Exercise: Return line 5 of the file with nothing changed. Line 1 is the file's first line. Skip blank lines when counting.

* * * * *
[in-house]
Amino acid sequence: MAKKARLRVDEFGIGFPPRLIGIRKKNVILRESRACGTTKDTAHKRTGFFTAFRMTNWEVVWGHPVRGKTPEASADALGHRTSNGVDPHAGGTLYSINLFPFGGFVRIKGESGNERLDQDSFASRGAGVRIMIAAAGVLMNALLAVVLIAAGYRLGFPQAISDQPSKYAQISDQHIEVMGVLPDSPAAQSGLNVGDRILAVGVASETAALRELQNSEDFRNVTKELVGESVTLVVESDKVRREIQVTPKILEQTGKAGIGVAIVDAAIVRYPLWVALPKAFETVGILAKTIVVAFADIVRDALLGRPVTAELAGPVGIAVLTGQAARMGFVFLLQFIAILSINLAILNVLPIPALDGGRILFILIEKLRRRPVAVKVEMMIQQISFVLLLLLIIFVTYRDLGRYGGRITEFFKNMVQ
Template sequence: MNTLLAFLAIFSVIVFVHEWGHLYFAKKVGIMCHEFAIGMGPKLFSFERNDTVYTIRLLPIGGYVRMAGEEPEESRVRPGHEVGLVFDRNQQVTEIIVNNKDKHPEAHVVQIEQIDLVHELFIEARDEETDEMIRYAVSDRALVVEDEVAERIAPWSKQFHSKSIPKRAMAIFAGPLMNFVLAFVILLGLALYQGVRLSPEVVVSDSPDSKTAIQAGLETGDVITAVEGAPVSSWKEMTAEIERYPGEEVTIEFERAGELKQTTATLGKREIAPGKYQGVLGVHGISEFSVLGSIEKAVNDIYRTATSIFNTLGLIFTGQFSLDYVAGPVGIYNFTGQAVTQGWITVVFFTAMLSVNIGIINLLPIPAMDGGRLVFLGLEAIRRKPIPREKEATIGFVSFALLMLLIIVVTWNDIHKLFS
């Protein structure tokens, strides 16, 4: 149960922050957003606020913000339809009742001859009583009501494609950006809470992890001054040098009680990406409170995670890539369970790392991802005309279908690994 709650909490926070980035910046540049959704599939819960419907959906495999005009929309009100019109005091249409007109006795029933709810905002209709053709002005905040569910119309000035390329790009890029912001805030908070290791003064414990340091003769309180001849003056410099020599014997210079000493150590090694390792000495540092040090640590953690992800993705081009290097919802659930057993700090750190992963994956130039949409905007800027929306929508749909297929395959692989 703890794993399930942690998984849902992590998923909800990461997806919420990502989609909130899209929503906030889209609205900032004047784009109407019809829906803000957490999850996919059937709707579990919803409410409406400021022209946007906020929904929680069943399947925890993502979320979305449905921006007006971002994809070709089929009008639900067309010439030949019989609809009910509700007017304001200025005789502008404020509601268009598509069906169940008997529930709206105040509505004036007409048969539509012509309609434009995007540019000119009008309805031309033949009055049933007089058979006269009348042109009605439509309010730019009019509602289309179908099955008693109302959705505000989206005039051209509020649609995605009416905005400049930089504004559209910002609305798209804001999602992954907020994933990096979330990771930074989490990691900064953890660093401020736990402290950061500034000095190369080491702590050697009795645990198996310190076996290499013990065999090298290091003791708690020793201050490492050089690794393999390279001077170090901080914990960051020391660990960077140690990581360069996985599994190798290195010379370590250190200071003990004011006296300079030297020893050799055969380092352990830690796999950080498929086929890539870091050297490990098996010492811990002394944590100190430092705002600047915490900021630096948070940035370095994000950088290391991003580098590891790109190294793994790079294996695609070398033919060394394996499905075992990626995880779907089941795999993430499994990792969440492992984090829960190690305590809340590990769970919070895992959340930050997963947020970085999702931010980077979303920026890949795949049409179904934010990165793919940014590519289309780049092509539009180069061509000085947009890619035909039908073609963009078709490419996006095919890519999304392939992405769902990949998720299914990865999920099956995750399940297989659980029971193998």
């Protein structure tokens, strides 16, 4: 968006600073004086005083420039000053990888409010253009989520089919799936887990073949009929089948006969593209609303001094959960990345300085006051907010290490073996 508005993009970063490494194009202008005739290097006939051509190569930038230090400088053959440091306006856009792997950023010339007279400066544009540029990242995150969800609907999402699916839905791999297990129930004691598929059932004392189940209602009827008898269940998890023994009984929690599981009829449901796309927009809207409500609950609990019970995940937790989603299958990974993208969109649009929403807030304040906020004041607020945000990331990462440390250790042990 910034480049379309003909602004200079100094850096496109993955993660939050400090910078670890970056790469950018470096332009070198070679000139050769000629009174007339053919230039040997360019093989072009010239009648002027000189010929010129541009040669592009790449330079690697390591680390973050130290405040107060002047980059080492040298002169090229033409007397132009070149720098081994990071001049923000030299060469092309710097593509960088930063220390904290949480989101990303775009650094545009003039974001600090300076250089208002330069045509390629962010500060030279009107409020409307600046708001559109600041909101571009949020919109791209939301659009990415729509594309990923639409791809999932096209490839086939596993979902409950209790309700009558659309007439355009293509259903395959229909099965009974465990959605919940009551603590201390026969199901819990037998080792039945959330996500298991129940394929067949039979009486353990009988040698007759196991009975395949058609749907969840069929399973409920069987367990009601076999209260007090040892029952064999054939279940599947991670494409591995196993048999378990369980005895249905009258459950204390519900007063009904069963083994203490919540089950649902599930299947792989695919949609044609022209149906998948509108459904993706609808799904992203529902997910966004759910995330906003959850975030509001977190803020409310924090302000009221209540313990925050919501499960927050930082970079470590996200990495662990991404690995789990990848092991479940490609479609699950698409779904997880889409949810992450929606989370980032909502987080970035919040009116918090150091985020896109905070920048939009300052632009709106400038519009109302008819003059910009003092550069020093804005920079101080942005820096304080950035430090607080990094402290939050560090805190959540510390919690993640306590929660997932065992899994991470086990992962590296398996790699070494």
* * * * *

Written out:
């Protein structure tokens, strides 16, 4: 968006600073004086005083420039000053990888409010253009989520089919799936887990073949009929089948006969593209609303001094959960990345300085006051907010290490073996 508005993009970063490494194009202008005739290097006939051509190569930038230090400088053959440091306006856009792997950023010339007279400066544009540029990242995150969800609907999402699916839905791999297990129930004691598929059932004392189940209602009827008898269940998890023994009984929690599981009829449901796309927009809207409500609950609990019970995940937790989603299958990974993208969109649009929403807030304040906020004041607020945000990331990462440390250790042990 910034480049379309003909602004200079100094850096496109993955993660939050400090910078670890970056790469950018470096332009070198070679000139050769000629009174007339053919230039040997360019093989072009010239009648002027000189010929010129541009040669592009790449330079690697390591680390973050130290405040107060002047980059080492040298002169090229033409007397132009070149720098081994990071001049923000030299060469092309710097593509960088930063220390904290949480989101990303775009650094545009003039974001600090300076250089208002330069045509390629962010500060030279009107409020409307600046708001559109600041909101571009949020919109791209939301659009990415729509594309990923639409791809999932096209490839086939596993979902409950209790309700009558659309007439355009293509259903395959229909099965009974465990959605919940009551603590201390026969199901819990037998080792039945959330996500298991129940394929067949039979009486353990009988040698007759196991009975395949058609749907969840069929399973409920069987367990009601076999209260007090040892029952064999054939279940599947991670494409591995196993048999378990369980005895249905009258459950204390519900007063009904069963083994203490919540089950649902599930299947792989695919949609044609022209149906998948509108459904993706609808799904992203529902997910966004759910995330906003959850975030509001977190803020409310924090302000009221209540313990925050919501499960927050930082970079470590996200990495662990991404690995789990990848092991479940490609479609699950698409779904997880889409949810992450929606989370980032909502987080970035919040009116918090150091985020896109905070920048939009300052632009709106400038519009109302008819003059910009003092550069020093804005920079101080942005820096304080950035430090607080990094402290939050560090805190959540510390919690993640306590929660997932065992899994991470086990992962590296398996790699070494």